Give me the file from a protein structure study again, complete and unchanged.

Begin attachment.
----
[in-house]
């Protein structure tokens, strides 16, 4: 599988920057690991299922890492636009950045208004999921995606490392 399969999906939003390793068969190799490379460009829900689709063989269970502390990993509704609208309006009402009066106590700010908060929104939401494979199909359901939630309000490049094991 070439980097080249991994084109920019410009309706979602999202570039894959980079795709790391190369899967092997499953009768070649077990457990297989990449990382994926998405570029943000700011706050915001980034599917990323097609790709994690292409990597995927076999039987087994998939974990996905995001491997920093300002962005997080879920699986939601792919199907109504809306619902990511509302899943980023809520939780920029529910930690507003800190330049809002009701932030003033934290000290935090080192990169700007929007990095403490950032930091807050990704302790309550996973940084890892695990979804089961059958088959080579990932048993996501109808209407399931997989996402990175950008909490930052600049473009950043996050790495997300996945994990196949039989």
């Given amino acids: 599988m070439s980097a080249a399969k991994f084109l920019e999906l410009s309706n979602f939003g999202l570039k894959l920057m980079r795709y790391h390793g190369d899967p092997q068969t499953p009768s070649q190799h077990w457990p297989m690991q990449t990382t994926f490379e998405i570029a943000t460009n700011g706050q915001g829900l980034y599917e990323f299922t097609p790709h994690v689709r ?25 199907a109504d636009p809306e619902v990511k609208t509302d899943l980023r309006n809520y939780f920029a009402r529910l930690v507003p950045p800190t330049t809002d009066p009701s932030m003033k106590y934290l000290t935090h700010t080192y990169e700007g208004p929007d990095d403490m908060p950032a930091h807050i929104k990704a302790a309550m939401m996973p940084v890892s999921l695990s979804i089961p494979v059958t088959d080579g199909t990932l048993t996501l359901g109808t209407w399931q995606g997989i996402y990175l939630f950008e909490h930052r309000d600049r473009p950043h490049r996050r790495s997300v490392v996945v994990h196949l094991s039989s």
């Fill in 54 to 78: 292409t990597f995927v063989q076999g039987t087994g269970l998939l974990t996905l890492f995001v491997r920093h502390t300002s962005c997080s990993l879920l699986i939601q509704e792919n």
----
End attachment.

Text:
[in-house]
């Protein structure tokens, strides 16, 4: 599988920057690991299922890492636009950045208004999921995606490392 399969999906939003390793068969190799490379460009829900689709063989269970502390990993509704609208309006009402009066106590700010908060929104939401494979199909359901939630309000490049094991 070439980097080249991994084109920019410009309706979602999202570039894959980079795709790391190369899967092997499953009768070649077990457990297989990449990382994926998405570029943000700011706050915001980034599917990323097609790709994690292409990597995927076999039987087994998939974990996905995001491997920093300002962005997080879920699986939601792919199907109504809306619902990511509302899943980023809520939780920029529910930690507003800190330049809002009701932030003033934290000290935090080192990169700007929007990095403490950032930091807050990704302790309550996973940084890892695990979804089961059958088959080579990932048993996501109808209407399931997989996402990175950008909490930052600049473009950043996050790495997300996945994990196949039989």
């Given amino acids: 599988m070439s980097a080249a399969k991994f084109l920019e999906l410009s309706n979602f939003g999202l570039k894959l920057m980079r795709y790391h390793g190369d899967p092997q068969t499953p009768s070649q190799h077990w457990p297989m690991q990449t990382t994926f490379e998405i570029a943000t460009n700011g706050q915001g829900l980034y599917e990323f299922t097609p790709h994690v689709r ?25 199907a109504d636009p809306e619902v990511k609208t509302d899943l980023r309006n809520y939780f920029a009402r529910l930690v507003p950045p800190t330049t809002d009066p009701s932030m003033k106590y934290l000290t935090h700010t080192y990169e700007g208004p929007d990095d403490m908060p950032a930091h807050i929104k990704a302790a309550m939401m996973p940084v890892s999921l695990s979804i089961p494979v059958t088959d080579g199909t990932l048993t996501l359901g109808t209407w399931q995606g997989i996402y990175l939630f950008e909490h930052r309000d600049r473009p950043h490049r996050r790495s997300v490392v996945v994990h196949l094991s039989s």
């Fill in 54 to 78: 292409t990597f995927v063989q076999g039987t087994g269970l998939l974990t996905l890492f995001v491997r920093h502390t300002s962005c997080s990993l879920l699986i939601q509704e792919n």